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"Liberal Democrats will oppose revived ‘Boris Island’ airport plan", says Alan Bullion

December 10, 2019 9:40 PM
Originally published by Liberal Democrats on Kent County Council

Alan Bullion is the Liberal Democrat Parliamentary Candidate for Gillingham and Rainham

In response to speculation that Boris Johnson might try to revive the failed 'Boris Island' airport project in the Thames Estuary, Alan Bullion said: "I spoke up against the potential destruction of farmland and bird and wildlife sanctuaries on the peninsula in 2014 during the Euro election at a public meeting organised by the RSPB and Kent Wildlife Trust. We will continue to oppose any such move at all costs in order to protect our precious Kent countryside and its food production and rare species."

The Thames estuary, an internationally important area for hundreds of thousands of migrating birds, for reptiles like the slow worm, for newts and water voles, and for rare insects that thrive on old industrial land.

Altogether, the airport land and surrounding areas and waters include five separate Special Protection Areas for passing or over-wintering avocet, hen harriers, ringed and golden plovers, marsh harriers, little tern, dunlin and pintail, as well as hosting one of a new breed of marine sites, this one designated for its population of 6,000-8,000 red-throated divers. There is a Special Area of Conservation preserved for its species-rich estuaries, mud flats and salt meadows. Much of the area is also covered by the Ramsar international convention on wetlands, recognising how crucial the estuary is for birds travelling as far afield as Siberia, Canada and north Africa.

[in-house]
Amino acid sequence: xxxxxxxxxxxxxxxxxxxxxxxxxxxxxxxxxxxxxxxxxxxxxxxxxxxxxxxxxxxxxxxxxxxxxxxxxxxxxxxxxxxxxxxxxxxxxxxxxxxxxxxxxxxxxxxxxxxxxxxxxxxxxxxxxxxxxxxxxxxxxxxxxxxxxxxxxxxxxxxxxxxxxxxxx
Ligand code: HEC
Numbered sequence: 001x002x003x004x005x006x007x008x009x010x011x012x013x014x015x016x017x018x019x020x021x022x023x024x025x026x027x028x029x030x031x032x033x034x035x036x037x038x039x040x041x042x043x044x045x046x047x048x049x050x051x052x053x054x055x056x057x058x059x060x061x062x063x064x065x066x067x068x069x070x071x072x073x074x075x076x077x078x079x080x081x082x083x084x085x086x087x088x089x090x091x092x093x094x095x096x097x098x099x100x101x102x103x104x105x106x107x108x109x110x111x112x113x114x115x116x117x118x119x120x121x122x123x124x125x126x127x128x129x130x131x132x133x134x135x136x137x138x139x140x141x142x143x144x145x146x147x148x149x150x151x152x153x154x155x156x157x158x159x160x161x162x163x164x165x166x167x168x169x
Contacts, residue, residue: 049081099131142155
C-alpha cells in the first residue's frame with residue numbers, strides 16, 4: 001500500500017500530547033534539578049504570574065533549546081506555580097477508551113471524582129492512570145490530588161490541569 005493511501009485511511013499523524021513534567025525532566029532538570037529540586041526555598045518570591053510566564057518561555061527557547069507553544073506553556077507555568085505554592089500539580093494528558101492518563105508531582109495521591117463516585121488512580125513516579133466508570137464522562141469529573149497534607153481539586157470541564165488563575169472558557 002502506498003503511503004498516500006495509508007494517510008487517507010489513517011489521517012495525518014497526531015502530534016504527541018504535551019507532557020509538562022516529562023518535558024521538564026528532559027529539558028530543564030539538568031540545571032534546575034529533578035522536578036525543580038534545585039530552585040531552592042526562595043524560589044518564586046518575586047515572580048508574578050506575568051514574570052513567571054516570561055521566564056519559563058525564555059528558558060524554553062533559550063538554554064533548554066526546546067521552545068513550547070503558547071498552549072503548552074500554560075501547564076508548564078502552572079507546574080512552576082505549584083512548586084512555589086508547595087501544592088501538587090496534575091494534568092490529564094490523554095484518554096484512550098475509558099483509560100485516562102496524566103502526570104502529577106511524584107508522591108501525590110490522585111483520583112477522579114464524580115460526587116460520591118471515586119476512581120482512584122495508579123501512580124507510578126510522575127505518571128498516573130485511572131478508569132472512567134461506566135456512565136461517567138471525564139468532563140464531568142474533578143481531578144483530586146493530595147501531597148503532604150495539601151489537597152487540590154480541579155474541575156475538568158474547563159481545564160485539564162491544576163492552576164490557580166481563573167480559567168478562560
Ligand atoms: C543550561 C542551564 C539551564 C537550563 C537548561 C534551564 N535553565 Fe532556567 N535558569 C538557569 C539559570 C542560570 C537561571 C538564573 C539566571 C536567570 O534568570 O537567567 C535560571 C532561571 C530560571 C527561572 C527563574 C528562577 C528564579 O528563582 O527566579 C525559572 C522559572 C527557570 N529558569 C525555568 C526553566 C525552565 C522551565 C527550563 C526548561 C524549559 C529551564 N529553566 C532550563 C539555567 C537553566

Plans drawn up by the architect Sir Norman Foster give an idea of the scale of such a development. It would involve building over a huge area of mudflats and far out into the river, taking up to a quarter of the existing channel, according to the RSPB; the charity's famous logo features the avocet, which lives nearby.

Such a massive pouring of concrete and tarmac would itself cover a giant swathe of the plant- and animal-rich tidal zone, as well as the land where wading birds retreat at high tide. Further sites, up and down the estuary and river, would be affected by tides forced to flow around the runways and buildings.

In addition to the physical stress would be the noise, vibrations and the impact of industrial activity the airport would attract to the area. These, too, affect birds like the redshank, which live on the edge of survival as they struggle to build up the energy to survive between feeds in often bitter temperatures and winds.